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Title: Intercultural communication and adolescent learners : a corpus-based approach to online and face-to-face interaction
Author: Lin, Yen-Liang
Awarding Body: University of Nottingham
Current Institution: University of Nottingham
Date of Award: 2013
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This study reports on a corpus analysis of samples of online and face-to-face intercultural communication among a group of British and Taiwanese adolescents, with the aim of exploring the particular lexical, grammatical and discourse features of the online and spoken discourse from three perspectives: a keyness approach, a discourse analytical perspective and a multi-word sequence perspective. Keyness approach brings together three levels of keyness analysis: keywords, semantic domains and parts-of-speech, and further highlights those linguistic features that deserve particular attention. Furthermore, a discourse analytical approach adds greater detail and depth of description of language patterning by examining the particular linguistic features in context. Such findings that pertain to discourse and pragmatic functions in context are not likely to be made when only keyness is examined. The third approach of this thesis focuses on recurrent multi-word sequences, paying particular attention to their discourse functions in online and spoken settings. It is evident that multi-word sequences often perform systematic discourse functions, even though they do not usually constitute complete grammatical or idiomatic structures. The approach also examines the developmental perspectives of multi-word sequences, showing that intercultural contact with native speakers of English fosters the longitudinal development of the use of sequences by the Taiwanese learners. The method here, which focuses on naturally occurring language output, diminishes the effects of the artificial contexts often created in language testing settings. In light of the potential significance of the research to EFL pedagogy, the thesis further reports on the extent to which EFL textbooks used in Taiwan represent the particular linguistic features identified in authentic intercultural communication. The research findings demonstrate the pedagogical merit of the analyses of the three perspectives and thus help in the design of courses for adolescent intercultural interaction in both online and face-to-face settings.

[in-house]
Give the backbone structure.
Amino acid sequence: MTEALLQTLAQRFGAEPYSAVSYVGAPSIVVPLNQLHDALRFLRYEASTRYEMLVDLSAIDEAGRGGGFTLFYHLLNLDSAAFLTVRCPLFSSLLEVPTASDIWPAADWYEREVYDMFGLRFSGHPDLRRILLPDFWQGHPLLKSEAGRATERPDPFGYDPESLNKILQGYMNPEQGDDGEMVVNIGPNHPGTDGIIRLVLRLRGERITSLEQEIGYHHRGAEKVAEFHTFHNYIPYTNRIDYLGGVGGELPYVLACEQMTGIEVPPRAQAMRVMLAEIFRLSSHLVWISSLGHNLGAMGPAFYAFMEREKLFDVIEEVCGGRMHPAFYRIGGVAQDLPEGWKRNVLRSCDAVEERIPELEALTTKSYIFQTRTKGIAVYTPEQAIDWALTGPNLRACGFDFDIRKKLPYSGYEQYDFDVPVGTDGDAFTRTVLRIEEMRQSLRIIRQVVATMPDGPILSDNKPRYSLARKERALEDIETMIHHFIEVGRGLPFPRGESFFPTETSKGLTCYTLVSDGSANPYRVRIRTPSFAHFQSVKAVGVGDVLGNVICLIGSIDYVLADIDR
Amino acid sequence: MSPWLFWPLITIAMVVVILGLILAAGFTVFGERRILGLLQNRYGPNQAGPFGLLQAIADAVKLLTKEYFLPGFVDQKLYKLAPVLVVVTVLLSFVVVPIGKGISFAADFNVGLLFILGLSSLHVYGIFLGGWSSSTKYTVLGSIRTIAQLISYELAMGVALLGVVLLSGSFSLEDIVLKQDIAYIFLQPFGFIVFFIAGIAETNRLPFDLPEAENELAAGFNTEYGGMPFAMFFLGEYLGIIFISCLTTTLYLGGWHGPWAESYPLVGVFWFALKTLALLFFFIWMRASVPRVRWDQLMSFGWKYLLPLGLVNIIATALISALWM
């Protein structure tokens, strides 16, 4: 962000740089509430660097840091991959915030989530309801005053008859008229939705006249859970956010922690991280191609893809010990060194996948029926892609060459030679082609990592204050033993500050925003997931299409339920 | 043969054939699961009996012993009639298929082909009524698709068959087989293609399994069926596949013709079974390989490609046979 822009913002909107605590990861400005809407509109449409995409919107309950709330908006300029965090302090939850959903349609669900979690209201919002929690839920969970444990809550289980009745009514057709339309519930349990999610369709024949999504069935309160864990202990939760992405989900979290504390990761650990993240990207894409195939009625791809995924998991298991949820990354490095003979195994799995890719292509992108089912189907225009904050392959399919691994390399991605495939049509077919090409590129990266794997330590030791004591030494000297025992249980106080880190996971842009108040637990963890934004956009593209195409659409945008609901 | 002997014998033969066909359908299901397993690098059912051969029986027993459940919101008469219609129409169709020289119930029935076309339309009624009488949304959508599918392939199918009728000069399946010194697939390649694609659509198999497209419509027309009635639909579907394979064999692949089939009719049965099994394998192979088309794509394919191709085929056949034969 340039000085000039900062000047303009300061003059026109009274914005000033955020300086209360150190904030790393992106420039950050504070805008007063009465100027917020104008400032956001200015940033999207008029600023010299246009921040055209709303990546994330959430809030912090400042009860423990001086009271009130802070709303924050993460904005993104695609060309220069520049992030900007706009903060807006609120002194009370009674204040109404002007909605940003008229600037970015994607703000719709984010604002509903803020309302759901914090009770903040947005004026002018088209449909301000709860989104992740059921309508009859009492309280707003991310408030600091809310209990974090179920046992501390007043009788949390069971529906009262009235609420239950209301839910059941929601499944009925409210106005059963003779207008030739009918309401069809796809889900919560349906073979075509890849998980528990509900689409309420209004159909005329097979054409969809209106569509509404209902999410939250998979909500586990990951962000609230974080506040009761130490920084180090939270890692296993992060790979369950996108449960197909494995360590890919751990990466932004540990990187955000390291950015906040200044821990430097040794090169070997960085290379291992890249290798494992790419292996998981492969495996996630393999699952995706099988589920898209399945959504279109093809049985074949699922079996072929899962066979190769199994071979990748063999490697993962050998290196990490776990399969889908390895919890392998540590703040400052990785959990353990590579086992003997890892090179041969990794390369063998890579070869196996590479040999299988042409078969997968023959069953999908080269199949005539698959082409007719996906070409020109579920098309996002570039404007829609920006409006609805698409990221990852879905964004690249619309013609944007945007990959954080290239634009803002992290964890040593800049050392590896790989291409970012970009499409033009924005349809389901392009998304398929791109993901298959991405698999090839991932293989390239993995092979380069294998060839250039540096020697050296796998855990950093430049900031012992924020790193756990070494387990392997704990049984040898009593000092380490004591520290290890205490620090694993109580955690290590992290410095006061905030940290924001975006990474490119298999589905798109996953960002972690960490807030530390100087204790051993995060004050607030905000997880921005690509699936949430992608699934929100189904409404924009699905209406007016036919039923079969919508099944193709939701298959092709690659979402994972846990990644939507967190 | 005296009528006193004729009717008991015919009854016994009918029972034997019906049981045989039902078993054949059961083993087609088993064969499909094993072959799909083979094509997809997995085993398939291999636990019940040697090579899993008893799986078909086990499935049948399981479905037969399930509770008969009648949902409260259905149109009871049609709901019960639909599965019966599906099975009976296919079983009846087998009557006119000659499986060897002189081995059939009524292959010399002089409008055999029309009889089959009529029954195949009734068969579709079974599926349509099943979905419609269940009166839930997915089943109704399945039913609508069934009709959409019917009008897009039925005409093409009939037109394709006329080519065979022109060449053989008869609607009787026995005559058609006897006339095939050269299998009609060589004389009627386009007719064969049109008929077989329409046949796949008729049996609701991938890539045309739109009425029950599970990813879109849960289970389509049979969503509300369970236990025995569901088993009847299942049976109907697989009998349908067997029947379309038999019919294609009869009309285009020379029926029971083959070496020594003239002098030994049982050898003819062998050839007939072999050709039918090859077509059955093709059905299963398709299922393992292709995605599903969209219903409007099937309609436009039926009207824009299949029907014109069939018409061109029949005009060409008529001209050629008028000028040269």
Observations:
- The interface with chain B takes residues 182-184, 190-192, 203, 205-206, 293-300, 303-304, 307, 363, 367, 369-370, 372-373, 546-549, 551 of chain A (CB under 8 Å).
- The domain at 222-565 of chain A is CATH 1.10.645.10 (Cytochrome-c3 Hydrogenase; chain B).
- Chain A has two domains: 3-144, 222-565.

Supervisor: Not available Sponsor: Not available
Qualification Name: Thesis (Ph.D.) Qualification Level: Doctoral
EThOS ID:  DOI: Not available
Keywords: P Philology. Linguistics